The Dangers of Ignoring Mental Health and Developmental Issues: How Law Enforcement Continues to Fail the Most Vulnerable

December 22, 2016 | Tiffany High

The actions of police officers across the country are justifiably under a microscope. As we read almost daily about police-involved shootings, it seems they have now become the judge, jury and (far too often) the executioner. The time to thoroughly investigate their practices is long overdue. Officers’ use of lethal force is horrifying, but it is heartbreaking to know that a majority of these situations could be avoided with proper training.



Up to 20% of children experience some form of mental disorder in any given year, and in 2014, an estimated 18% of U.S. adults were living with a mental health illness. Unfortunately, many of those experiencing mental disorders do not get the help they need. Of children and adolescents 6-17 years old who were defined as needing mental health services, nearly 80% did not receive it. In 2008, approximately 58% of U.S. adults with a serious mental illness received treatment for a mental health problem. This includes all adults who received either inpatient or outpatient care and/or used prescription medication for mental or emotional problems. Consequently, this means that nearly 42% of adults were left untreated!


Adults with severe mental illness generate 1 in 10 of all law enforcement responses, and those interactions often do not end well. Mentally ill adults are the victims of 1 in 4 of all fatal police encounters. Using those stats for context, it is unconscionable that police in every city have not been trained to deal with these populations. But chances are, those numbers barely even scratch the surface. Departments are not required to gather or maintain statistics reflecting incidents of violence between officers and disabled people.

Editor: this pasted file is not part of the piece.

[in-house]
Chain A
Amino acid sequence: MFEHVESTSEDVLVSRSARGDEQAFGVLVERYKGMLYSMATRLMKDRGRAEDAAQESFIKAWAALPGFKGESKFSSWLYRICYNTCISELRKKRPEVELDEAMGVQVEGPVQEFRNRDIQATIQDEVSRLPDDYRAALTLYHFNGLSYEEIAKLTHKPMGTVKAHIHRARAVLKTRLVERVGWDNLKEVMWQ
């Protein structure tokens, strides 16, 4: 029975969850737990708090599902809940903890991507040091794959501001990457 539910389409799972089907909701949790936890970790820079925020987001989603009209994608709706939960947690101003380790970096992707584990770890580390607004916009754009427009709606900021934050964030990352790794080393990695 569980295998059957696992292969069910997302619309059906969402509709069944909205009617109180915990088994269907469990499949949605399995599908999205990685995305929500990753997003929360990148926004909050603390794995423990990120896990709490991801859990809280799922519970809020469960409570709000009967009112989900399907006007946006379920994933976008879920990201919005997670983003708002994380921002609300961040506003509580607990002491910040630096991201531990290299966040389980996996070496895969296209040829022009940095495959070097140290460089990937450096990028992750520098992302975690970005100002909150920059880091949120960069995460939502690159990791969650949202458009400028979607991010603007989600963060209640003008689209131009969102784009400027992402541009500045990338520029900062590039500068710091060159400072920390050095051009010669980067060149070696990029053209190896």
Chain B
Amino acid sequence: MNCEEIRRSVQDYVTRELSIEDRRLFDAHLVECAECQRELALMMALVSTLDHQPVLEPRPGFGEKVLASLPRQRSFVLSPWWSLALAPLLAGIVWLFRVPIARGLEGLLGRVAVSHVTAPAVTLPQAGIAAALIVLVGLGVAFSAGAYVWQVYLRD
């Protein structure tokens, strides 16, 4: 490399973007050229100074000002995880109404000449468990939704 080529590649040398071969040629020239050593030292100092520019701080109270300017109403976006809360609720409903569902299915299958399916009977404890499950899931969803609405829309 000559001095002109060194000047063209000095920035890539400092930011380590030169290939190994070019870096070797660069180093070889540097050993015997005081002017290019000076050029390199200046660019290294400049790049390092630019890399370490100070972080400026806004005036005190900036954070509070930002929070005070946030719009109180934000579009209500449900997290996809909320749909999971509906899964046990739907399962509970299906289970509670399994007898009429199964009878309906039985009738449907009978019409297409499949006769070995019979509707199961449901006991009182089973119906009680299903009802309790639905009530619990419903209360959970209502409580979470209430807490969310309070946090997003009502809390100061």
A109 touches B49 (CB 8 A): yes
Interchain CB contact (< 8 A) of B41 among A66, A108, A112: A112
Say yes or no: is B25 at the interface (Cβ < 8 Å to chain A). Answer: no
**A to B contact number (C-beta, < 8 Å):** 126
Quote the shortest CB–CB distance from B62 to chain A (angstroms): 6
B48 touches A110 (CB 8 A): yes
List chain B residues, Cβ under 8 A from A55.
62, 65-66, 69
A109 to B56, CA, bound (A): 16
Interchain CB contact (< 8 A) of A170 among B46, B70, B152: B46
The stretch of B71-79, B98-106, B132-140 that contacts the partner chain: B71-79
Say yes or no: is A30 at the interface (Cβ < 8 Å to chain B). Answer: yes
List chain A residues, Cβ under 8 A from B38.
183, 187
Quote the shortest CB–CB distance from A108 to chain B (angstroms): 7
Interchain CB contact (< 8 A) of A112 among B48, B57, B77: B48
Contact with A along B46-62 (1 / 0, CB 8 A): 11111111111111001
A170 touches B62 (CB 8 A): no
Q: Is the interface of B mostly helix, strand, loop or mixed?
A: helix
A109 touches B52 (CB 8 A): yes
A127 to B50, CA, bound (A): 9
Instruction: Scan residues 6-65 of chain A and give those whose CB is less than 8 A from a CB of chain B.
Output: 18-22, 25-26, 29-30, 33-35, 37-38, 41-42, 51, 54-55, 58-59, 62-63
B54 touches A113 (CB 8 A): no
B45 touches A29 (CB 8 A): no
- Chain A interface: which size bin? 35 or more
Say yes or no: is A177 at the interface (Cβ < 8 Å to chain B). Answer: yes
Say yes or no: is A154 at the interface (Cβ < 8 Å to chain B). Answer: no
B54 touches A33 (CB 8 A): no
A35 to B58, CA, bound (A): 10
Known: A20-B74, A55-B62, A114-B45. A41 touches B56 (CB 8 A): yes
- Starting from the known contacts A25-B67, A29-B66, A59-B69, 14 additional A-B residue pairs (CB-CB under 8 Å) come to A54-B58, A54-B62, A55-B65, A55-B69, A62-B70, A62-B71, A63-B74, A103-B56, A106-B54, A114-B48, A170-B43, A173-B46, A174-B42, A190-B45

• Police can be trained to recognize some of the following as possible signs of mental illness:
  • Being argumentative, belligerent, or unreasonably hostile
  • Sharing a combination of unrelated or abstract topics
  • Expressing thoughts of greatness
  • Indicating ideas of being harassed or threatened
  • Exhibiting a preoccupation with death, germs, guilt, or other similar ideas
  • Threatening (or committing) harm to self or others
  • Confusion about, or unawareness of surroundings
  • Physical appearance/clothing inappropriate to environment
  • Lack of, or an inappropriate emotional response
  • Unusual speech patterns, including: word repetition, nonsensical, overly excited, loud or extremely slow speaking
  • Any of the following body movements: strange postures or mannerisms, lethargy, pacing/agitation, repetitive or ritualistic movements
  • Environmental cues, such as: atypical home decor, misuse of household items, Evidence of hoarding, or “packratting”
  • Presence of feces or urine on the floor or walls
  • When coming into contact with police officers, individuals with a developmental disability may exhibit certain behaviors that appear more threatening or aggressive than they actually are. They may:
  • Run toward or away from police officers
  • Be drawn to shiny objects and reach for a badge or gun
  • Readily admit to a crime they did not commit
  • Have an absence of eye contact or odd body language that should not be viewed as an indication of guilt or as suspicious behavior
  • Have underdeveloped trunk muscles that could lead to positional asphyxiation and death with chest-down holds

While it is absurd to expect people to walk around with signs on their foreheads indicating their mental health status, just as easily as I began to explore behavioral indicators and possible responses to police interaction, law enforcement agencies can also take the time to familiarize themselves. Especially when that training could potentially save lives.

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